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[libc++][ranges] Implement ranges::uninitialized_default_construct{,_n}.

Authored by var-const on Dec 7 2021, 8:07 PM.



Defined in [specialized.algorithms](


  • refactor the existing non-range implementation so that most of it can be shared between the range-based and non-range-based algorithms;
  • remove an existing test for the non-range version of uninitialized_default_construct{,_n} that likely triggered undefined behavior (it read the values of built-ins after default-initializing them, essentially reading uninitialized memory).

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ldionne added inline comments.Dec 8 2021, 11:49 AM

I am mostly neutral on this, however I don't believe the different algorithms are going to have significantly different header dependencies. In that case, I think it might be simpler to just cram them into the same header -- after all they are closely related.

Like I said, no strong opinion here anyway.


About final -- we have [[no_unique_address]] now so EBO shouldn't be an issue.

Regarding modules issues, basically it means you're going to need to export it from your private submodule, like so:

module ranges_uninitialized_algorithms {
    private header "__memory/ranges_uninitialized_algorithms.h"
    export __function_like

FWIW, I think there is some utility to removing things like addressability from our niebloids, the complexity around modules is just a bit annoying but it's still worth doing. Just my .02, this isn't anything close to "over my dead body".


When @Quuxplusone originally removed __voidify in D93153, I was fine with it. I just did some additional research and I suspect it might have been wrong:

I think we should figure out what the situation is and either confirm that we're conforming, or fix all the places where we use (void*)x but the standard says __voidify(x).


The only caveat to using // ranges::uninitialized_default_construct is that it's good to see the different overloads being tested. I really dislike seeing a test file that doesn't clearly say whether it tests all overloads of a function or not. In C++, different overloads often have different properties, and so they are really different functions entirely. They just happen to share the same "base name".

TLDR: IMO the current approach (copy-paste synopsis) is the best.


I actually buy @Quuxplusone 's reasoning as well.

Initially I thought we were verifying that we called the default constructor for trivially default constructible types, which does nothing (and hence doesn't overwrite the value). But I agree this looks like UB as well based on your reasoning.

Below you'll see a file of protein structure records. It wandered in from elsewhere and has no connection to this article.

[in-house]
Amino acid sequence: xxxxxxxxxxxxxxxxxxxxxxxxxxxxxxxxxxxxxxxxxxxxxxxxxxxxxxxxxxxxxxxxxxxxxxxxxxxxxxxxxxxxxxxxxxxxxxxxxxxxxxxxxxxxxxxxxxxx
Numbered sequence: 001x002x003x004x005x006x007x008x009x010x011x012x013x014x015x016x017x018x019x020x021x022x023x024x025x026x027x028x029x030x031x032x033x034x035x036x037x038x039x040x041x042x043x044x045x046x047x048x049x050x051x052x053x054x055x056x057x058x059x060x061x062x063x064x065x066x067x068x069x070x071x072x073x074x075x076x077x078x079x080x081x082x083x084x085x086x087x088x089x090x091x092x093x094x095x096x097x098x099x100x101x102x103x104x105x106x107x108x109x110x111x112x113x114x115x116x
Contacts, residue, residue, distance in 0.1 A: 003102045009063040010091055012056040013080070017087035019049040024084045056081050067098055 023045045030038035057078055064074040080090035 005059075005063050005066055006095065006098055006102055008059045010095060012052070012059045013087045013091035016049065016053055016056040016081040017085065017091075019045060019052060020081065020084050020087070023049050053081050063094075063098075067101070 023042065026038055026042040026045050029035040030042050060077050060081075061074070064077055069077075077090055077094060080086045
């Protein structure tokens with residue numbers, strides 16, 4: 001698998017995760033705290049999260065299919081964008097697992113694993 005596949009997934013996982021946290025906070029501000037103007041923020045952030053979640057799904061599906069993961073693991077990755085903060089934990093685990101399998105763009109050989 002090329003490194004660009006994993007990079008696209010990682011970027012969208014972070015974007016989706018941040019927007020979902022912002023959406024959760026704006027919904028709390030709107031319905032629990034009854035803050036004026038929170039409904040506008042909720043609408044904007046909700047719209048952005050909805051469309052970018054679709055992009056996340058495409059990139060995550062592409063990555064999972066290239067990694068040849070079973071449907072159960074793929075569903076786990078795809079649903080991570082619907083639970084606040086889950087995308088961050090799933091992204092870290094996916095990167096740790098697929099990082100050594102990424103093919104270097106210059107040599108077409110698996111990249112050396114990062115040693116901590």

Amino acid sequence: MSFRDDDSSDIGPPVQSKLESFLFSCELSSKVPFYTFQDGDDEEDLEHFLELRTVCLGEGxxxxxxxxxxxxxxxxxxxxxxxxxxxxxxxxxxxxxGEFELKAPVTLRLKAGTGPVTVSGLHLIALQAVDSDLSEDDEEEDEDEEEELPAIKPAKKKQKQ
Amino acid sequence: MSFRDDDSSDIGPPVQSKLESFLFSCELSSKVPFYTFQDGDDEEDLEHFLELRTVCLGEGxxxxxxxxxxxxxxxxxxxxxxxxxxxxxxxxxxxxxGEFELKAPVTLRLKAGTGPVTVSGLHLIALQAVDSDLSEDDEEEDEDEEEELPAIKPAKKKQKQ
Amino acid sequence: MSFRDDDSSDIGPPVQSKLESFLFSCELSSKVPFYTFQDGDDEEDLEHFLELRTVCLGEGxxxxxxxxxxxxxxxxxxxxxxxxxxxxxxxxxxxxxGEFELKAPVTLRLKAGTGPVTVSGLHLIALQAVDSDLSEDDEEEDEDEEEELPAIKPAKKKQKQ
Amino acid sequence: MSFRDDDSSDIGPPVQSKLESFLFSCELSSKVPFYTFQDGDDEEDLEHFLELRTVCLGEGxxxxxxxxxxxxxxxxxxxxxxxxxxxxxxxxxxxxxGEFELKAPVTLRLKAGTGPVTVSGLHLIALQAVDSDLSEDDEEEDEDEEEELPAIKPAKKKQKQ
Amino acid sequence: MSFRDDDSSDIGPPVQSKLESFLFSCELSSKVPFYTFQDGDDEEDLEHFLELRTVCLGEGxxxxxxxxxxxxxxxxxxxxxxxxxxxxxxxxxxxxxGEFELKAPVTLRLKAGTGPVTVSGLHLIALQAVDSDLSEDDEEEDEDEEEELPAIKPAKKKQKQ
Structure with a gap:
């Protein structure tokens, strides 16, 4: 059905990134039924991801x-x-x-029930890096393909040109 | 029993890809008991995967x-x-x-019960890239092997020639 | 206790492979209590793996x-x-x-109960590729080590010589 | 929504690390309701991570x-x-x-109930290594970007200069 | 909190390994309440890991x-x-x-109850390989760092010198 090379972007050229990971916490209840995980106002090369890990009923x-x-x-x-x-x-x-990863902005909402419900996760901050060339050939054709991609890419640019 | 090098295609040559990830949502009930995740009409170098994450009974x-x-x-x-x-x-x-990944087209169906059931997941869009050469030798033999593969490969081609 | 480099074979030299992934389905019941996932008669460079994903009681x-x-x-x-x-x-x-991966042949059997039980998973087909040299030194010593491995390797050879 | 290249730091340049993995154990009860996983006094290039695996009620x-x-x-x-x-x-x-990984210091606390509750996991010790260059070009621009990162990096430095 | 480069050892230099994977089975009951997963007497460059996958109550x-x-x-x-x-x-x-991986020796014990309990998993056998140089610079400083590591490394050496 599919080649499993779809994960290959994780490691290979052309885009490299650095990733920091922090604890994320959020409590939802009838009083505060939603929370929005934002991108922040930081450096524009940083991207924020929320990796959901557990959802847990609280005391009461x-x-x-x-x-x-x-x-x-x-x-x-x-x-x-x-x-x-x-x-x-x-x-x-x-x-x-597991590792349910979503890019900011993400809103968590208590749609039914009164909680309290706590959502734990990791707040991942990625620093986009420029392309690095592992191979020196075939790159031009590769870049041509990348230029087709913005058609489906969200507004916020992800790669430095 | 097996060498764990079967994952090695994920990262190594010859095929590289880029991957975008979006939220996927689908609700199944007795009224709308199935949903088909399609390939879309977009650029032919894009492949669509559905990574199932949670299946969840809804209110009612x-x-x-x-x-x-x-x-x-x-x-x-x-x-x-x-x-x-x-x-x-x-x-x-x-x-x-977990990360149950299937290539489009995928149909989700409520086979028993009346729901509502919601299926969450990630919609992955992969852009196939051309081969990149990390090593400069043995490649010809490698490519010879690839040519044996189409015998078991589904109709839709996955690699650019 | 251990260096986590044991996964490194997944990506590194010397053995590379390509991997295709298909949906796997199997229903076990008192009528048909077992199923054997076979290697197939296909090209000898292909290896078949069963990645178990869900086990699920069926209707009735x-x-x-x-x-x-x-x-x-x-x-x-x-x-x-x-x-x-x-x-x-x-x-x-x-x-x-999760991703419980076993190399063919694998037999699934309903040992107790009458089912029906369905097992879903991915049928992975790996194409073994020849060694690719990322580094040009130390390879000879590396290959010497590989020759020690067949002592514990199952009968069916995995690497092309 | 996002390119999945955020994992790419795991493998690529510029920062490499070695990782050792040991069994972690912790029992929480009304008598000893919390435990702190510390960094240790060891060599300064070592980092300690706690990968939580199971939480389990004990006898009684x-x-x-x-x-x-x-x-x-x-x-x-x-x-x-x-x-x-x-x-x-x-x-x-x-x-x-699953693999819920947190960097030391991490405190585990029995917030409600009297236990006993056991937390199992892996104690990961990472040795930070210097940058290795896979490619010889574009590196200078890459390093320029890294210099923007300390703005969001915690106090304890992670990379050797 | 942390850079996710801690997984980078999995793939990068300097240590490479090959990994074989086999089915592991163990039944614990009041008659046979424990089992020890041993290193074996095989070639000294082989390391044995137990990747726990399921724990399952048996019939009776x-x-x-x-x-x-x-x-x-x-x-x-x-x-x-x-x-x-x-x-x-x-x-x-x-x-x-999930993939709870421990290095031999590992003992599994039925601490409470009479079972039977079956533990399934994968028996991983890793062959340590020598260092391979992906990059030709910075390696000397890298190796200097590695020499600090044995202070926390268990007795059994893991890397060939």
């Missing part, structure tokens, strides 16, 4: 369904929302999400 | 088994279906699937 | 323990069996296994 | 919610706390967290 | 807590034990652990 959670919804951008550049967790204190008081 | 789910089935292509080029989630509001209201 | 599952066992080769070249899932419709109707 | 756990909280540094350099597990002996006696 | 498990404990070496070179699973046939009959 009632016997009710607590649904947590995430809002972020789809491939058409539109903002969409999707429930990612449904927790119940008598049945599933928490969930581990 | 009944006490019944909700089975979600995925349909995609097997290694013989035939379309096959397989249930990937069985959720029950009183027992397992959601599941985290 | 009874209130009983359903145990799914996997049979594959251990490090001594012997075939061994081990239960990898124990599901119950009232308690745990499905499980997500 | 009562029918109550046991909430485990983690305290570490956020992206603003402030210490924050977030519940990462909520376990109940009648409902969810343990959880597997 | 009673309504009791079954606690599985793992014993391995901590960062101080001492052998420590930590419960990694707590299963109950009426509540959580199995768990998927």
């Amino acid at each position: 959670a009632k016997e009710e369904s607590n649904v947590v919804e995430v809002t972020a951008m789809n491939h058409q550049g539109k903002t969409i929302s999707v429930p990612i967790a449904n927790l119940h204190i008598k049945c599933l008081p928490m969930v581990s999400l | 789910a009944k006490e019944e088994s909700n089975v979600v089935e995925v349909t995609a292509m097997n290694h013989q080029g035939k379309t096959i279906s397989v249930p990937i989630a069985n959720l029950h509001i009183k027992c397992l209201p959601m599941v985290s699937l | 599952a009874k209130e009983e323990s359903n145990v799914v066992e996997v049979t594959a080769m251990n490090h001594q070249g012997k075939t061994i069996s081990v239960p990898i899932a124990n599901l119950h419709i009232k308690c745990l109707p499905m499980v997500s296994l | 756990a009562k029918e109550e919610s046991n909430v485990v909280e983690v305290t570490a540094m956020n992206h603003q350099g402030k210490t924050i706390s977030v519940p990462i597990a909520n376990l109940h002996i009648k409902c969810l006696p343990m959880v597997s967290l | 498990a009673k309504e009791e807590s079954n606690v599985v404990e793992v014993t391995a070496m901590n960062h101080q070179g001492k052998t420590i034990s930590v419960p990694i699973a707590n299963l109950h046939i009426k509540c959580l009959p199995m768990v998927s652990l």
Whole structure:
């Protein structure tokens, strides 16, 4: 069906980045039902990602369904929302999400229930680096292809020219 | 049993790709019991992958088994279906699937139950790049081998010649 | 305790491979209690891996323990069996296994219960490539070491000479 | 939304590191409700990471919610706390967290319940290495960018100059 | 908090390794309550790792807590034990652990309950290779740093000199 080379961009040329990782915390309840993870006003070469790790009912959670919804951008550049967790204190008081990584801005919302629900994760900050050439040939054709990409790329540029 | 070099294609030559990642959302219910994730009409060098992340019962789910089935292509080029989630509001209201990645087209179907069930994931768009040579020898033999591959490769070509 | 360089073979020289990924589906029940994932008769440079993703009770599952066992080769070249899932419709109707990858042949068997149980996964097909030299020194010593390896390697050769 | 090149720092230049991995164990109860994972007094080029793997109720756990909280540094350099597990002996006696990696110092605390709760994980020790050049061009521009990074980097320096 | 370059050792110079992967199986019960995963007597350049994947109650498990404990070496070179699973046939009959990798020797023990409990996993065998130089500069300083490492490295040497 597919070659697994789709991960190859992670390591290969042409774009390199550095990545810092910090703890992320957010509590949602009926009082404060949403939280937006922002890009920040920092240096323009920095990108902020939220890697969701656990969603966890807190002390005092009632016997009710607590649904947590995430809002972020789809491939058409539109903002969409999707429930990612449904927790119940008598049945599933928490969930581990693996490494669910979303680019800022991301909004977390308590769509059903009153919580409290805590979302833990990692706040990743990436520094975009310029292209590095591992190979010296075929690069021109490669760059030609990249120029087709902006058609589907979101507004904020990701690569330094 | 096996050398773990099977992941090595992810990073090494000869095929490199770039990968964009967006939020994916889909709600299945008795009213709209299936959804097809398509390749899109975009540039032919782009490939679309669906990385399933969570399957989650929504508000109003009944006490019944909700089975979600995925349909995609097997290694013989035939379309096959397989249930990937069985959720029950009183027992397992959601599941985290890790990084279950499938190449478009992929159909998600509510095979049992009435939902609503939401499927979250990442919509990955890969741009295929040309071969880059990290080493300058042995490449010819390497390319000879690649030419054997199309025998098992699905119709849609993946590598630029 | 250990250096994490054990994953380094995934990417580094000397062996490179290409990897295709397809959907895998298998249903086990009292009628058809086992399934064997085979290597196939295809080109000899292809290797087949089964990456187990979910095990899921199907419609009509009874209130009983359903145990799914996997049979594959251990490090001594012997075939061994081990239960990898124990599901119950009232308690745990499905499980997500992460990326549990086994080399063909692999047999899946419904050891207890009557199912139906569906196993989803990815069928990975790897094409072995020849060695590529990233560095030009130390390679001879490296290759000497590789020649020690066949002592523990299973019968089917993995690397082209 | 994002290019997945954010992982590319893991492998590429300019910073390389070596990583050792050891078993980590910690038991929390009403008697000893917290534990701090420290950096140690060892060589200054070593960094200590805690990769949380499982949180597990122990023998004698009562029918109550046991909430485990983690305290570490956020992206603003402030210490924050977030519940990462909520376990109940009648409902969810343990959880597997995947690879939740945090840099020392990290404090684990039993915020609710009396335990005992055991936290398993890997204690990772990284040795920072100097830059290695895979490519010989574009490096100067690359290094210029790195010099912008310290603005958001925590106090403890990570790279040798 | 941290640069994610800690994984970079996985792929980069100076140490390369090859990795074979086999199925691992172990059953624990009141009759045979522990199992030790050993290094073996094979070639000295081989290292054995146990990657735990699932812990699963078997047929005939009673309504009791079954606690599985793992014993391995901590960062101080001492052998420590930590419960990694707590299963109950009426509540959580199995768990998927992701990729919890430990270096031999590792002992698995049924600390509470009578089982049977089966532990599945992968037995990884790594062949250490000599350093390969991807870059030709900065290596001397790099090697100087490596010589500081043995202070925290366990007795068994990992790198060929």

IIUC, what we're *actually* trying to test here is that we are not calling any constructors. One way to do this would be to add a .sh.cpp test using FileCheck where we check the LLVM bitcode output, like they often do in Clang. I think it would be awesome to have that infrastructure available, however at the moment FileCheck isn't available while running the libc++ tests.

So IMO the pragmatic thing to do right now is to remove the test.

24–55 ↗(On Diff #392634)

[Using static_assert(std::is_class_v<...>)]

Interesting trick! It's true that if it's a class type, then ADL for sure won't trigger, so we'd have the same coverage. However, implementations are technically allowed to use functions (it would presumably be implemented with some sort of attribute) to inhibit ADL, so this would have to be LIBCPP_STATIC_ASSERT because std::is_class_v would be libc++ specific.

I don't have a strong opinion about this, but I agree this is pretty attractive from a simplicity perspective.

24–55 ↗(On Diff #392634)

implementations are technically allowed to use functions

Sure, technically, but until literally anyone does even a proof of concept patch to literally any compiler in the world to permit that, I think we can discount the possibility. ;) (This is closely adjacent to my logic against __function_like, btw. Everyone knows that niebloids are objects-not-functions; there's no engineering benefit gained by pretending things aren't as they are, and meanwhile there are engineering costs.)


(Argh, I keep forgetting to reply to things on the first go-round. Sorry.)
IIUC, STL's comment there indicates that we should add a test case for const iterators, e.g.

auto cit = forward_iterator<const Counted*>(as_array);
auto r = std::ranges::subrange(cit, sentinel_wrapper<forward_iterator<const Counted*>>(cit + 2));
std::ranges::uninitialized_default_construct(r.begin(), r.end());
assert(Counted::current_objects == 2);
assert(Counted::total_objects == 2);

That's missing test coverage today, but AFAIK it's not an argument against the simple cast to (void*). C-style casts are allowed to cast away constness.

var-const updated this revision to Diff 393014.Dec 8 2021, 8:00 PM
var-const marked 16 inline comments as done.
  • Address feedback;
  • Create Buffer class in tests.

Note: I have refactored the repetitive initialization code into a helper Buffer class that I hope can be reused across similar tests.


I'm slightly in favor of keeping these in a single file because they're closely related and I personally find it easier to read when related things are all in one place. I don't have a strong objection to separating these, though.